There are two reasons people smoke cigarettes. The first reason is
to support their federal, state and local governments with vast amounts of
tax revenue. The second reason is so they can look cool & start
conversations with beautiful strangers.
Because taxes on packs of cigarettes are so high in California, Libertarians and do-it-yourselfers sometimes turn to the tax-free alternative: rolling their own.
Thursday night, Steven and Elise came by and helped me measure how many
cigarettes we could get out of a pouch of rolling tobacco.
We bought a 1.41oz (40g) packet of Drum "Excellent Handrolling Tobacco" for US$3.57
That is about 32¢ for an eighth. (In Istanbul, at the end of 2001, I found loose tobacco selling for US$2.95 per pound)
The packet included 50 rolling papers too! Perfect for gift-giving!
emptied the packet onto a plate and examined it..
The shredded leaves came out of the envelope in a brown clump. Steve said it looked like peat moss.
|Mike and Steven sat down and began making beautiful tax-free cigarettes.|
traveled all over the globe as a child, Steven became an expert at
"origami", the ancient Japanese art of cigarette rolling.
Authentic Japanese rolling is done with thin sheets of dried seaweed known as "nori". Of course, that stuff probably causes cancer, so he used the paper.
|First he prepared one of the little papers between his fingers, sprinkling tobacco into the fold. Next he began coaxing the leaf particles into a little log.|
the tobacco was resting quietly within the paper, he licked the top edge
of the paper and glued the tobacco inside, sealing in the freshness.
If you want to lace your cigarettes with Angel Dust, do it before that last step.
|Here is a new photo of Elise posing with the finished cigarette. You might think that a hand-crafted old world-style cigarette would cost $8-10, but incredibly, the single package of Drum had enough for lots and lots of cigarettes like this!|
course, Steven made it look easy, rolling one after another. Mike was good
at it too.
|Elise was getting the hang of it.
consider myself to be pretty good with my hands, but when I tried, I found
there was a lot I didn't know about rolling cigarettes. The paper kept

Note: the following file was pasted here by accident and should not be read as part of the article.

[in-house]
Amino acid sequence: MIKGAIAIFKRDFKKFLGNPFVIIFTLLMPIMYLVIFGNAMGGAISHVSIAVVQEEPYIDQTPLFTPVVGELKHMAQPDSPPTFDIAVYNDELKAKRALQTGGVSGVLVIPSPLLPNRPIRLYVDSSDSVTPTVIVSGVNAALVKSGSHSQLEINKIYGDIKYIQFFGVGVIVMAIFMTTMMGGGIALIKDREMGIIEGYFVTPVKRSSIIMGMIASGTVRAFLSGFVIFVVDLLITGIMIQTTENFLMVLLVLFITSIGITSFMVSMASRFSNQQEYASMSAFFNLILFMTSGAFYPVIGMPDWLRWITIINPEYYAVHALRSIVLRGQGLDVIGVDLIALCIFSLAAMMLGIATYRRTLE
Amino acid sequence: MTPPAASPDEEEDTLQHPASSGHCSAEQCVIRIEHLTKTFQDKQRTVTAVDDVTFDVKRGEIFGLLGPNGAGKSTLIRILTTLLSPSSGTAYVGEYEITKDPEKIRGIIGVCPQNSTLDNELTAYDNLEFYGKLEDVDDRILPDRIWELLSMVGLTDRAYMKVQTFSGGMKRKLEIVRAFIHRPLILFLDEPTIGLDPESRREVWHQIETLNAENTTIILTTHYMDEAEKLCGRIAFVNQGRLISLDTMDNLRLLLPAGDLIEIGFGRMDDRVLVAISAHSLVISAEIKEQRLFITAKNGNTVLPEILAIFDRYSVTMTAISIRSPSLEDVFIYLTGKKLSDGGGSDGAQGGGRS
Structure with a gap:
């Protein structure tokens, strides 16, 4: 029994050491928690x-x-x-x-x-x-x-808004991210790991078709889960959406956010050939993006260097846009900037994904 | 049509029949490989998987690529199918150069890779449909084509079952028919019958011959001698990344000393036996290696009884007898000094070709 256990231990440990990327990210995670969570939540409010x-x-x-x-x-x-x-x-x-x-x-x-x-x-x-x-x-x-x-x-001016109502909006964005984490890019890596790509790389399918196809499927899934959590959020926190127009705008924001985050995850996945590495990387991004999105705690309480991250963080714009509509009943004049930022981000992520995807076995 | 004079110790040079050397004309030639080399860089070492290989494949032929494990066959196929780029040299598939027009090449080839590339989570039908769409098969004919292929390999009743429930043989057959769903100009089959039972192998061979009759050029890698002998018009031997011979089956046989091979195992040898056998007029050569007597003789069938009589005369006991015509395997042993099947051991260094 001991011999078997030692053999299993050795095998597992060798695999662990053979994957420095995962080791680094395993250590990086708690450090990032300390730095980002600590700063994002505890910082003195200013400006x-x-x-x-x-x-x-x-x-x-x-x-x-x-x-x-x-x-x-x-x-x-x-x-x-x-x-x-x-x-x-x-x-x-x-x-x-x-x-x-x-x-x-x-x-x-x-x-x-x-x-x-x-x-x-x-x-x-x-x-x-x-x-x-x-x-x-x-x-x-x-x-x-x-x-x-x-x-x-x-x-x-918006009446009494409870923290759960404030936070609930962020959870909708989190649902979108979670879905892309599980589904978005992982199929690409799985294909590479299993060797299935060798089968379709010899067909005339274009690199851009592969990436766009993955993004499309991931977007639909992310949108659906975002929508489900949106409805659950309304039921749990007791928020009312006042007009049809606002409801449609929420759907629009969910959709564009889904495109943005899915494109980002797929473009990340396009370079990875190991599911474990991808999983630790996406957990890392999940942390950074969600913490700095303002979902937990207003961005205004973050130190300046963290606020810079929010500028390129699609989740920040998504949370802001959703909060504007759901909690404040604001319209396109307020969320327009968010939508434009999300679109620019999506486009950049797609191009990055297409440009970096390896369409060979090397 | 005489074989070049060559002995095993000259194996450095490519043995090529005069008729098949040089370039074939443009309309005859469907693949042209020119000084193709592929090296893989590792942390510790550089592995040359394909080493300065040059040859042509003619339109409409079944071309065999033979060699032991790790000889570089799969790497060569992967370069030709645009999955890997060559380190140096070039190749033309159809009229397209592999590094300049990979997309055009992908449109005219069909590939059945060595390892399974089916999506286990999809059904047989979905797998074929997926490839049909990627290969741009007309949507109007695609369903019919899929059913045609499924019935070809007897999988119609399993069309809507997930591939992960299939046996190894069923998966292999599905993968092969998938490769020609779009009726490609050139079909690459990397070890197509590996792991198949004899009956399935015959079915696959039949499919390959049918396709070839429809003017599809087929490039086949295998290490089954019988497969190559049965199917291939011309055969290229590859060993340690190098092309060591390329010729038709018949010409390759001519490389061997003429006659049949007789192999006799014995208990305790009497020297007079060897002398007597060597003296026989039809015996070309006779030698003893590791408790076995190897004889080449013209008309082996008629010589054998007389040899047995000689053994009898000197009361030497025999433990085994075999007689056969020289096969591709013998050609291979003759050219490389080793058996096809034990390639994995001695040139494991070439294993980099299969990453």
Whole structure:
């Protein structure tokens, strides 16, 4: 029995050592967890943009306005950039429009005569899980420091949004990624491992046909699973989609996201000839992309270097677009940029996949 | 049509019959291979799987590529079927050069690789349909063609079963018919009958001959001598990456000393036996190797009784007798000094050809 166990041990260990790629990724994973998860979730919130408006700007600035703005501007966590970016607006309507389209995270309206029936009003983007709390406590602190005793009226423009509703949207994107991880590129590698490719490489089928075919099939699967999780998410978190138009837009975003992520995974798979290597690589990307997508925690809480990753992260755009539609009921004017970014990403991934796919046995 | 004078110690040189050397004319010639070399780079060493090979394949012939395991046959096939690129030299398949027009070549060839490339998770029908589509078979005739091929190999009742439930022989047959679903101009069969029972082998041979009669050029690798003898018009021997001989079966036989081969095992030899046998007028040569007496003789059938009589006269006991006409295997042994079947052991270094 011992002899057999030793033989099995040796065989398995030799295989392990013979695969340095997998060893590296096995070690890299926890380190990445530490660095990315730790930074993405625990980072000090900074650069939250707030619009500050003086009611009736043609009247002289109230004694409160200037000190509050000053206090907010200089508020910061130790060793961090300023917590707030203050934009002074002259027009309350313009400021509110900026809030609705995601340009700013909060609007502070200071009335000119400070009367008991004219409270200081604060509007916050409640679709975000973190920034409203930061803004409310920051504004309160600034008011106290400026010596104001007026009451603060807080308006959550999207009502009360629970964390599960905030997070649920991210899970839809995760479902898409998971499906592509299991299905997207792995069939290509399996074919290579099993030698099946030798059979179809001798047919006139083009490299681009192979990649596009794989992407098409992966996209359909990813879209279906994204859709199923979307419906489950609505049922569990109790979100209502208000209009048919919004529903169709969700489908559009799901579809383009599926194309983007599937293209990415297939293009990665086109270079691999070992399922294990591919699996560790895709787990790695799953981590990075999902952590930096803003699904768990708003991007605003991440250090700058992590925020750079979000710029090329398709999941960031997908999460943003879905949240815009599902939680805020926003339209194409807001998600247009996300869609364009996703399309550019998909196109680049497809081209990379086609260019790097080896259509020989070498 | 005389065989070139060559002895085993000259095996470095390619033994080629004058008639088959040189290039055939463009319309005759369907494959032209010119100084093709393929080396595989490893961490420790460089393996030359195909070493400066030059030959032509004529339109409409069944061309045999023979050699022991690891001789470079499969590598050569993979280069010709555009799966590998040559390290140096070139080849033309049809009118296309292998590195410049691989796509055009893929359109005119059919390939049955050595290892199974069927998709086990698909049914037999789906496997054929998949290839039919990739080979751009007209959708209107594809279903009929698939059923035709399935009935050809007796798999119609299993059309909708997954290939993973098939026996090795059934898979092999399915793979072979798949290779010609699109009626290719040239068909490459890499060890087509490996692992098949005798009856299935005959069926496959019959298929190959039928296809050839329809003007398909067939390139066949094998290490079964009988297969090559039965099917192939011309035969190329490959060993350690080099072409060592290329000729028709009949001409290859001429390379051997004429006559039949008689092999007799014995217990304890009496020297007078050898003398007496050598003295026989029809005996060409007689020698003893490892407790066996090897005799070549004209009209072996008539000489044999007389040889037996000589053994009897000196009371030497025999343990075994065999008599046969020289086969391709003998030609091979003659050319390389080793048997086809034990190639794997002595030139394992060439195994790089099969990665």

ripping, the tobacco wouldn't settle into a log, and loose tobacco dust
was getting everywhere.
Apparently there is a complex chemical compound in cigarette smoke that increases motor skills.
You can also buy complicated machines to help you roll them.
I've included this photo of myself because it is a GREAT photo of me! Look at that! Look how sophisticated I look, you know why? That's right! The cigarette! It is working!
about an hour, all the useable tobacco was rolled up. We had made 51
three-inch unfiltered cigarettes.
|I called licking the plate.|
One hazard of rolling your own cigarettes is that you can roll them too tight. Be careful not to collapse a lung while trying to suck air through one of these babies.
Real cigarette manufacturers use robots and lasers, so their cigarettes are perfect every time. With slightly updated software, those exact same robots can perform throat surgery!
In California, a pack of cigarettes costs about $5. That is about 25¢ each.
Our hand rolled cigarettes cost 7¢ each. So if you smoke just 9 packs a day, you could save $957 per month by rolling your own cigarettes.
Depending on where you live, it may soon be cheaper to hire someone to roll your cigarettes rather than pay for pre-assembled ones. Of course, you'd have to pay for his silk hat and costume, but it would be extremely classy.
how much money we are saving! It is intoxicating!
You can't see it, but we are leaning on a new BMW in this photo.
If I ever start smoking cigarettes, I'll definitely learn to hand-roll them. I'll probably learn how to inhale too.
Not long after posting this story, I heard from Mr. Helicopter, who claimed englishmen got more cigarettes from their tobacco.
Cigarette smoking is dangerous in a very subtle way. It can also make you look old. Avoid smoking and keep healthy to enjoy a long life.
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Home | Contact Rob | Staff Page | November 7th, 2002, updated December 3, 2012.